Saskatchewan native Doug Lang's self-explanatory Crooked: The Norway Sessions is an album of superior Americana, at its best on The Luck, Summer Of St Augustine and the title track. Harald Værnor's Mellotron consists of the obviously sampled flutes that open the album, extending all the way through their parent track, Scarecrow.
Kathryn Dawn "k.d. lang" Lang (note lowercase, possibly inspired by e.e. cummings) is one of Canada's most fêted country singers, while simultaneously a gay/animal/Tibetan etc. rights activist. Subversion, I think it's called. Her thirteenth album (in a near thirty-year career), 2011's Sing it Loud, credited to lang and the Siss Boom Bang, is a long way from full-blown country, being more a little bit country/little bit jazz collection of slightly torchy ballads; difficult to fault, although this listener also finds it difficult to like. lang has collaborated with Ben Mink, once of the mighty FM, but not only is he not present here, but he's hardly going to persuade her to cover City Of Fear, is he? No, he isn't. Joe Pisapia plays samplotron on two tracks, with background cellos on The Water's Edge and the title track.
Mads Langer's second album is a sloppy, pseudo-American singer-songwriter effort, of the 'would like to be used on mainstream US TV shows' variety, shifting into a particularly unpalatable form of indie when it kicks up a gear. Just what the world needs. Nikolaj Torp and Claes Björklund are both credited with Mellotron, but the strings on Fact-Fiction simply... aren't.
Benny and Maria Wenda were granted asylum in the UK after fleeing the disputed West Papua territory, illegally annexed by Indonesia in the late '60s. Ninalik Ndawi tells their story, although without a translation of the lyrics, I'm afraid their message is largely lost on an English-speaking audience. Their harmonies are an acquired taste, having little in common with Western ideas of intonation, which I regard as my problem, not theirs. Musically, most of the album is much of a muchness, two voices riding over acoustic guitar and ukulele, the one stand-out being Yieouwai, a piece for treated vocal. Roger Harmar plays credited samplotron flutes on Elegeniro.
New Jersey's Frank "Lanky" Stabile's Inner Onwriter is a commercial-end-of-singer-songwriter album, every bit as unexciting as that sounds. Wayne Dorell's credited Mellotron must be the cello samples on closer Bonus; yes, that's its actual title.
Going by 2009's My Name is Hope Webster, Karen Lano writes melancholy folk/pop infused with more than a hint of her French heritage, despite singing in English. In fairness, it's a perfectly good album of its type, neatly avoiding the 'slush trap' of trying to appeal to crummy US TV shows by writing the kind of dross that everyone else writes, ending up sounding more like, say, Rickie Lee Jones than anyone contemporary. Kudos, incidentally, for a decent Neil Young cover, Don't Let It Bring You Down. Michael Leonhart is credited with Mellotron (as well as mellophone, confusingly), with a chordal flute part on The Clearing, doubtless sampled.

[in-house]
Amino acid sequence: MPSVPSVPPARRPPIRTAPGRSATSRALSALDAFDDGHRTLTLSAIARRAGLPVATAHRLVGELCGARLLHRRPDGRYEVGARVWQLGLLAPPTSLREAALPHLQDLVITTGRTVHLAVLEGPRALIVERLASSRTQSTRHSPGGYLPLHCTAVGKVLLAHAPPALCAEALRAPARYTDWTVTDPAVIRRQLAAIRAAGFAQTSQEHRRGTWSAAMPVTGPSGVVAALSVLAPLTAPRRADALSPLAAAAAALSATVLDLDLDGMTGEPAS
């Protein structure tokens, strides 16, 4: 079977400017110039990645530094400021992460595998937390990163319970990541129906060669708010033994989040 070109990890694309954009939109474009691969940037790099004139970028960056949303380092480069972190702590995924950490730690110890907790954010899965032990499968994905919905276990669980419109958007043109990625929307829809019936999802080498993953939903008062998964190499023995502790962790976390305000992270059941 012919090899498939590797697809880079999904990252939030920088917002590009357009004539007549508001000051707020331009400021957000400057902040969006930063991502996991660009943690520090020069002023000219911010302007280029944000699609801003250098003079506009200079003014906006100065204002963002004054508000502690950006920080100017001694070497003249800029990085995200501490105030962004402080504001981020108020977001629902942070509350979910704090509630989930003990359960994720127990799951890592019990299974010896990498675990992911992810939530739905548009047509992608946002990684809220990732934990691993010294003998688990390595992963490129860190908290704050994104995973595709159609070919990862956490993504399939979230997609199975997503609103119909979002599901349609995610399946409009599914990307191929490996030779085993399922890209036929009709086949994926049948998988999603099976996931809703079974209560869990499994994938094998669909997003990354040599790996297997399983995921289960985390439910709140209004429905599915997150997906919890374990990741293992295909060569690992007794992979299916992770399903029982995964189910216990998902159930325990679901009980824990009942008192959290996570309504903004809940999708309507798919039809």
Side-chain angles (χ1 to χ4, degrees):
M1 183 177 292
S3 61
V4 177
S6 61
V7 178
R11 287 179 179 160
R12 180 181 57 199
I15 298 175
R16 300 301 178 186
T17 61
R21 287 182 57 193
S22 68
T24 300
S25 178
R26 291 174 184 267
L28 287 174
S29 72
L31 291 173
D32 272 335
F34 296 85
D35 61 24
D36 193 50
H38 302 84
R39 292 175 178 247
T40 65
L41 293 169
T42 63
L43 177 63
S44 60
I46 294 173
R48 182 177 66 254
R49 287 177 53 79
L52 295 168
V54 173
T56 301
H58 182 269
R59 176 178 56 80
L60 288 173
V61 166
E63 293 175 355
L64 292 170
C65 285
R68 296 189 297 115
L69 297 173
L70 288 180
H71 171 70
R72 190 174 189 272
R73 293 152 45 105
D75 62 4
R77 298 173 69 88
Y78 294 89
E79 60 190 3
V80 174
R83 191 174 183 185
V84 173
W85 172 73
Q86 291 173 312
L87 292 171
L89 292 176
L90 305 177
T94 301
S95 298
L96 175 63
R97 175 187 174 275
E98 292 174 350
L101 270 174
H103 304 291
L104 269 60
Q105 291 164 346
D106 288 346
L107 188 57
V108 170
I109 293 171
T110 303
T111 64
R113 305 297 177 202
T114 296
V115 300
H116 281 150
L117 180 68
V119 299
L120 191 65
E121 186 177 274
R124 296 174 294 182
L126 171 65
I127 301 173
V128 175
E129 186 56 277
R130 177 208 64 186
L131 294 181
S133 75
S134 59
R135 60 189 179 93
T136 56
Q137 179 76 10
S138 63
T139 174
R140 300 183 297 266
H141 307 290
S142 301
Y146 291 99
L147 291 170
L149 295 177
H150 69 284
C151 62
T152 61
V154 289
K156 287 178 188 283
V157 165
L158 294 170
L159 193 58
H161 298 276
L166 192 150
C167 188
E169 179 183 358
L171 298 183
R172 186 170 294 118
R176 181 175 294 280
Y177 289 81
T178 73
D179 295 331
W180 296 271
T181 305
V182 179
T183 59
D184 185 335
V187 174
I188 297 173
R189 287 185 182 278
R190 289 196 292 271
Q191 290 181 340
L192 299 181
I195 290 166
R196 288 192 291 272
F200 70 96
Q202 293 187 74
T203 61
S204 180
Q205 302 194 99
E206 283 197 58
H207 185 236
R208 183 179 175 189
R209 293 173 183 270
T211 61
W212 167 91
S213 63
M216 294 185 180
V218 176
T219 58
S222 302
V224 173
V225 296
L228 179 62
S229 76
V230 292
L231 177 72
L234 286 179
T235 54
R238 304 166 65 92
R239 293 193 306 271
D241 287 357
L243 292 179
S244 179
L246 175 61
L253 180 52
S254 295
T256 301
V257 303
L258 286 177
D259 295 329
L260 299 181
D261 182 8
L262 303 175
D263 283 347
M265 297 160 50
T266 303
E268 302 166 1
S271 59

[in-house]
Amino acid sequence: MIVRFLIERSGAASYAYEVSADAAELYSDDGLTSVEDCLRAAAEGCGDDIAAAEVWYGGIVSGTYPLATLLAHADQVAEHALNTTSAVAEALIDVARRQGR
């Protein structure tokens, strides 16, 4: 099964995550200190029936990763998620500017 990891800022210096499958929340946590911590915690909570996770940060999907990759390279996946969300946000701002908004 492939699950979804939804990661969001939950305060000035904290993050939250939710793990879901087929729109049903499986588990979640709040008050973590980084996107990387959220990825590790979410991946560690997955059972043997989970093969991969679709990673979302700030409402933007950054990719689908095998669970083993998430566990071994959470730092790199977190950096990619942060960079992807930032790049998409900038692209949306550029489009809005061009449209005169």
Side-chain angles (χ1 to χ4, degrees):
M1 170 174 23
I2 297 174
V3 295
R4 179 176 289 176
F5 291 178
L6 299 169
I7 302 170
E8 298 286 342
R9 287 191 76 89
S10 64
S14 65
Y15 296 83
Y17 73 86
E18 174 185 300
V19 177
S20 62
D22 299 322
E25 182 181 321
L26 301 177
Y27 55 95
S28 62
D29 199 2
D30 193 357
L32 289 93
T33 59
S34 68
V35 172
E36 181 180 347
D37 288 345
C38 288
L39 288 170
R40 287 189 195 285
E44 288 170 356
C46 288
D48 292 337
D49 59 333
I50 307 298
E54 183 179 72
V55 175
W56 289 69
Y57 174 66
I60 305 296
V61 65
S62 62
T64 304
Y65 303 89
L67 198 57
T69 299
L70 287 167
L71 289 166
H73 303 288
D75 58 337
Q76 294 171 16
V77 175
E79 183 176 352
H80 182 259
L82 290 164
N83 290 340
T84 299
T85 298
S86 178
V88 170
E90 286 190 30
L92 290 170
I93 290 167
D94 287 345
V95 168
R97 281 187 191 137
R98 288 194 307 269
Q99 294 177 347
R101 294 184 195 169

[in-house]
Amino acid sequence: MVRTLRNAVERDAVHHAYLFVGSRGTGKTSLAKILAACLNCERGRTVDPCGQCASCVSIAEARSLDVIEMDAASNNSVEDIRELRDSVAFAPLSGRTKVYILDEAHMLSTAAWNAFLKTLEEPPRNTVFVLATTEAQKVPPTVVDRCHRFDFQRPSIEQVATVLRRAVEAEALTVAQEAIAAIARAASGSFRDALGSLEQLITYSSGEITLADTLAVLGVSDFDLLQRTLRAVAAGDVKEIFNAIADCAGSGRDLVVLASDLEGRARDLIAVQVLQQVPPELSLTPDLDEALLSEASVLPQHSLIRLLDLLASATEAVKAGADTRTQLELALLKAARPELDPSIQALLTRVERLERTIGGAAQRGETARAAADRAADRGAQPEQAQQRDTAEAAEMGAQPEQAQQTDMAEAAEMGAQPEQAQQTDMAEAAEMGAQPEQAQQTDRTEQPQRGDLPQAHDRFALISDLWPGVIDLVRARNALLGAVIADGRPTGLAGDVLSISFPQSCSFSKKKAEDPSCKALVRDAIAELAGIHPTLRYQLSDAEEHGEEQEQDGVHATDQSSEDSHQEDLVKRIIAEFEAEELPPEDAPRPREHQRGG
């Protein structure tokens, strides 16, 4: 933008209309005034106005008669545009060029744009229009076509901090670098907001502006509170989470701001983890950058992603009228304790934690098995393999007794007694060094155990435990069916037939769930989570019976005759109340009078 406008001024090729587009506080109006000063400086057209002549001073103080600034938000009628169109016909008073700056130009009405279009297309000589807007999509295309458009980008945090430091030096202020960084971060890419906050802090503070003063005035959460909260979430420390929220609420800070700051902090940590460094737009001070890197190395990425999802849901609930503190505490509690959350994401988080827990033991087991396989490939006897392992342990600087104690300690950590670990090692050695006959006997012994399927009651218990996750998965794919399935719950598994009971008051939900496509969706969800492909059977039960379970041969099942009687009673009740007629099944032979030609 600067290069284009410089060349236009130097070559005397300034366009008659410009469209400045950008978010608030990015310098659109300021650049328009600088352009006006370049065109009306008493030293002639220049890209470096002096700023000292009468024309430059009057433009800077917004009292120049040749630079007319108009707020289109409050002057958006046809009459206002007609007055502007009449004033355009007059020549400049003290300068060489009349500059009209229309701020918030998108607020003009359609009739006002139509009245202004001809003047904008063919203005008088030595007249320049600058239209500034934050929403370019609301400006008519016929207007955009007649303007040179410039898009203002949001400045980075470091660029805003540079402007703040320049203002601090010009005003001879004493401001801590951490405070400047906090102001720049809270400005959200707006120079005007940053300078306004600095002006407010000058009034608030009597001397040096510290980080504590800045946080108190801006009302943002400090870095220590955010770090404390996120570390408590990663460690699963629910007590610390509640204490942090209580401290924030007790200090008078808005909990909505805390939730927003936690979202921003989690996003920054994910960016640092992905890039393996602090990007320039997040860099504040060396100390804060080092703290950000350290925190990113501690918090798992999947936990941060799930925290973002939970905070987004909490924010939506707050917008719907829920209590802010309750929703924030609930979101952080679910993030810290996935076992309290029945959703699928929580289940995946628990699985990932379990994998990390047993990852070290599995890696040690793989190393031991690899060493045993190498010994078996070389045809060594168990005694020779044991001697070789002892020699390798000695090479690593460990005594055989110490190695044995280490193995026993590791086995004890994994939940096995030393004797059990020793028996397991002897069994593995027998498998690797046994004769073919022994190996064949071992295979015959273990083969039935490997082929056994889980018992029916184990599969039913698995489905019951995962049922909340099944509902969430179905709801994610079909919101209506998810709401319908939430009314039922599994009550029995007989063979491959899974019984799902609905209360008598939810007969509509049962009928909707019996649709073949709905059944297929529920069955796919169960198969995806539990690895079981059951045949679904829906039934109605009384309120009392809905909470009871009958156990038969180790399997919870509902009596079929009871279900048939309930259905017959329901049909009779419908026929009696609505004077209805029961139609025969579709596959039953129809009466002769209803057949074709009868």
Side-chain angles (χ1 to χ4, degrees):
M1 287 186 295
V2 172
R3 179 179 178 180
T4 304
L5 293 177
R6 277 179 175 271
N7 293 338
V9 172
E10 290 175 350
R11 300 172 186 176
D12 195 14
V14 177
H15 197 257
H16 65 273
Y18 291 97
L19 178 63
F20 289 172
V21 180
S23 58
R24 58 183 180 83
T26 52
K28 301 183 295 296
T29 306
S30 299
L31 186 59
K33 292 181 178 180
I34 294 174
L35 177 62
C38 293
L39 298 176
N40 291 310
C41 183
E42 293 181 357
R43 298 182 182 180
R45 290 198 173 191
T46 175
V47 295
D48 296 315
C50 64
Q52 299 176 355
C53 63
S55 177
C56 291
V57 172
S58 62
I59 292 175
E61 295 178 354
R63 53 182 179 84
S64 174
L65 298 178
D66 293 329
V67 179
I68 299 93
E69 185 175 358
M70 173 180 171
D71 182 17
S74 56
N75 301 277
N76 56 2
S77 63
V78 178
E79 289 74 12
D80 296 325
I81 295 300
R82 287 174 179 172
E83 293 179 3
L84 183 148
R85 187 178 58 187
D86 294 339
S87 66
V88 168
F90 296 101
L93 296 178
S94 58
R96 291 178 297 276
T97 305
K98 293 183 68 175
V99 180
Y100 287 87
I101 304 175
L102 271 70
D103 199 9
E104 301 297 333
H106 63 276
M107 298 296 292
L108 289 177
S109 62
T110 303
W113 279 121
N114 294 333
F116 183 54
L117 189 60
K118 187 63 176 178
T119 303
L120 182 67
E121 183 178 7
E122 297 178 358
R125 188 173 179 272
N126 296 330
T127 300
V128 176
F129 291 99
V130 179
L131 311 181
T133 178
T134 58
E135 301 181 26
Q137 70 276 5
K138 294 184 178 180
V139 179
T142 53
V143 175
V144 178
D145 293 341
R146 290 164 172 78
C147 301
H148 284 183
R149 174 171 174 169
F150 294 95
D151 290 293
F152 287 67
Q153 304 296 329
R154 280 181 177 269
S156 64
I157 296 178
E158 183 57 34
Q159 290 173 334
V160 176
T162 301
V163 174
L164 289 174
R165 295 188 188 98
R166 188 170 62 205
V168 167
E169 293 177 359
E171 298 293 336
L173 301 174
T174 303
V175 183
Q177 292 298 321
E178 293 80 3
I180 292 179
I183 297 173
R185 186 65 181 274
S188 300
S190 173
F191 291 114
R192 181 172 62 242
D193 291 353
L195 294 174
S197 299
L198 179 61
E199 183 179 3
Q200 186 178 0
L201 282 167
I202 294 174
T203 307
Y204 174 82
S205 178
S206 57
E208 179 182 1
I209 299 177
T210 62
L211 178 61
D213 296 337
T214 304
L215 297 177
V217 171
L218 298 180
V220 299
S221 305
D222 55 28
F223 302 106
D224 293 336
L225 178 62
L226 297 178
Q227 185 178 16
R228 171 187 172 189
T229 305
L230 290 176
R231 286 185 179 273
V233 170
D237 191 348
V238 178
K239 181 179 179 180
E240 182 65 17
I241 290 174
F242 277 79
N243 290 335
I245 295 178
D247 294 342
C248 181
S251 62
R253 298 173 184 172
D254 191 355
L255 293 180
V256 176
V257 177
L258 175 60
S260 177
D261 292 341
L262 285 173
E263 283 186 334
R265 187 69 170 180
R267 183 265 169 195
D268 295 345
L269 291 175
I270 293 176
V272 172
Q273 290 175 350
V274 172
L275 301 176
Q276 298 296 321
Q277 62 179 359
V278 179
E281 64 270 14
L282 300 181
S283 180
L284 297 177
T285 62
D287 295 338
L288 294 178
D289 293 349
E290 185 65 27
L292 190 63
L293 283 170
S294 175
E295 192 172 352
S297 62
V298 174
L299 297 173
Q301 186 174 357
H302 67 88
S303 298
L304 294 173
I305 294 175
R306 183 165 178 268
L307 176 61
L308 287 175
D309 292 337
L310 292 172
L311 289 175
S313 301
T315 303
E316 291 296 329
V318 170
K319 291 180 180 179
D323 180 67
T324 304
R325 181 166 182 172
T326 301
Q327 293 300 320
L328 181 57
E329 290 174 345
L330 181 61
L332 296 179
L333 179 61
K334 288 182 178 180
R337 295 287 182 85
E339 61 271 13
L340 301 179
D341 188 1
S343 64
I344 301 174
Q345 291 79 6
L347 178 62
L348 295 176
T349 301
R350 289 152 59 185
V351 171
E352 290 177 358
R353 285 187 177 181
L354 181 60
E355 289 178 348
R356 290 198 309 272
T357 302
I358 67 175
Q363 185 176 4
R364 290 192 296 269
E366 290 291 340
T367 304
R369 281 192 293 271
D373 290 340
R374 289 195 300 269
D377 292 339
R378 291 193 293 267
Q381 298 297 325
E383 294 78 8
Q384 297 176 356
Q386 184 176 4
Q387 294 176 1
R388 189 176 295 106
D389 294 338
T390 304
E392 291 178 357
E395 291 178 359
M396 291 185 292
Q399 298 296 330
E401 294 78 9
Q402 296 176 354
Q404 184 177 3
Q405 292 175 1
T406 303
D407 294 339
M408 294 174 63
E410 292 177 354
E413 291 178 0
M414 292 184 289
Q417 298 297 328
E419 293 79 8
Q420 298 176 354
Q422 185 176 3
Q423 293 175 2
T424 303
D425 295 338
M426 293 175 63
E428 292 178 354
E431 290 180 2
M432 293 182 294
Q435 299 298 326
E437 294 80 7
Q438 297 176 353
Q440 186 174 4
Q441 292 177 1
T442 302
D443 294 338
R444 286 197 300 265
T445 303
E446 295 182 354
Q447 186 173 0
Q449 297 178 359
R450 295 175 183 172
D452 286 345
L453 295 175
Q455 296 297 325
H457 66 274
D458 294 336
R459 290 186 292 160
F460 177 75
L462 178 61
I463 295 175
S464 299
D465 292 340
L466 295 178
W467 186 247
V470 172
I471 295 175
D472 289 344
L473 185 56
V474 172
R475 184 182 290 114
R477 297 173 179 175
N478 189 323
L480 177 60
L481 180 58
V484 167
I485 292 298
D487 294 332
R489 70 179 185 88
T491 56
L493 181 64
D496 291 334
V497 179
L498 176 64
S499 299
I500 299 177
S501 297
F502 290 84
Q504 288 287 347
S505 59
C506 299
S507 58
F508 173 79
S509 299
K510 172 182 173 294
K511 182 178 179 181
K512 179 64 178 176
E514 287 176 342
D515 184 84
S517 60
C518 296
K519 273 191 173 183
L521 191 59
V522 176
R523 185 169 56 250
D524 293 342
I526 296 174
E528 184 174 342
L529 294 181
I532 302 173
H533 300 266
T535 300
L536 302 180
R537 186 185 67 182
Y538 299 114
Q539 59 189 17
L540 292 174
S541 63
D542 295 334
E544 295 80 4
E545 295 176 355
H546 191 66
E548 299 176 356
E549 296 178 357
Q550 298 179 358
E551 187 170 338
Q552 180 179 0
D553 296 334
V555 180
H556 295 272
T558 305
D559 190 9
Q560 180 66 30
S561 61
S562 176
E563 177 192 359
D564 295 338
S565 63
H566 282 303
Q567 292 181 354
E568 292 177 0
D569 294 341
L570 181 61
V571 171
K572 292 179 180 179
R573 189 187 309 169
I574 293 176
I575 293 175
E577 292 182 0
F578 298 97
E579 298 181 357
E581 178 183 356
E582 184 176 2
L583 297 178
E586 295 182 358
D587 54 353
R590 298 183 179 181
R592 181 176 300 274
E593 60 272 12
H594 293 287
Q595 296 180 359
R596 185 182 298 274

After the relative disappointment that was Cavalli-Cocchi, Lanzetti, Roversi's self-titled release from 2011, 2015's Quasi English (without drummer Gigi Cavalli-Cocchi) is a revelation: full-on Italian progressive rock, with no middle-aged Mediterranean balladry. The duo keep it varied, the gentle Heartsick Clever contrasting sharply with the prog-with-riffs of the first two tracks and the jazzy Latitude Aloud, although the album manages a cohesion denied to many lesser practitioners. They even cover Gentle Giant's Convenience (Clean And Easy), from 1980's underrated Civilian; to my embarrassment, I didn't recognise it... Roversi's credited with Mellotron, but I suspect he's back to his bad old ways, after using a real machine briefly, although... I could be wrong. The presumed samples turn up on most tracks, with distant choirs on the opening title track, more upfront ones (and what the hell are those strings?) on Worn To A Shine, strings all over Latitude Aloud... I think Heartsick Clever's the only track entirely free of it, though I could be wrong. Anyway, a fine effort, vastly better than its effective predecessor.
John Laprade's World-Class Faker opens with the dirty blues-rock of Soul Shaker, although lighter efforts such as Blind or Infinity do him no favours. The album turns out to be a little inconsistent overall, although other highlights include the fiddle-driven country hoedown of Last Time and the raucous Knock You Down. Andrew Hollander's Mellotron credit consists of vague background strings on Knock You Down and flutes on Before There Was You; who knows, they might even be real.
To call Spray on Sound an electronica album would probably be to miss the point. It's a collage of found sound, seemingly random samples and eccentric production decisions, while attempting to pinpoint any 'better tracks' would be futile; this really is one of those 'listen to in one hit' kind of records. Pierre Duplan plays samplotron string and flute lines on Autumn On Electris.
Patty Larkin plays medium-awful mainstream singer-songwriter pop/rock on Red = Luck, at its most listenable on its sparser material, including Normal and the title track. Mellotron use only ever rumoured; good job, as whatever we're hearing on opener All That Innocence has nothing to do with one.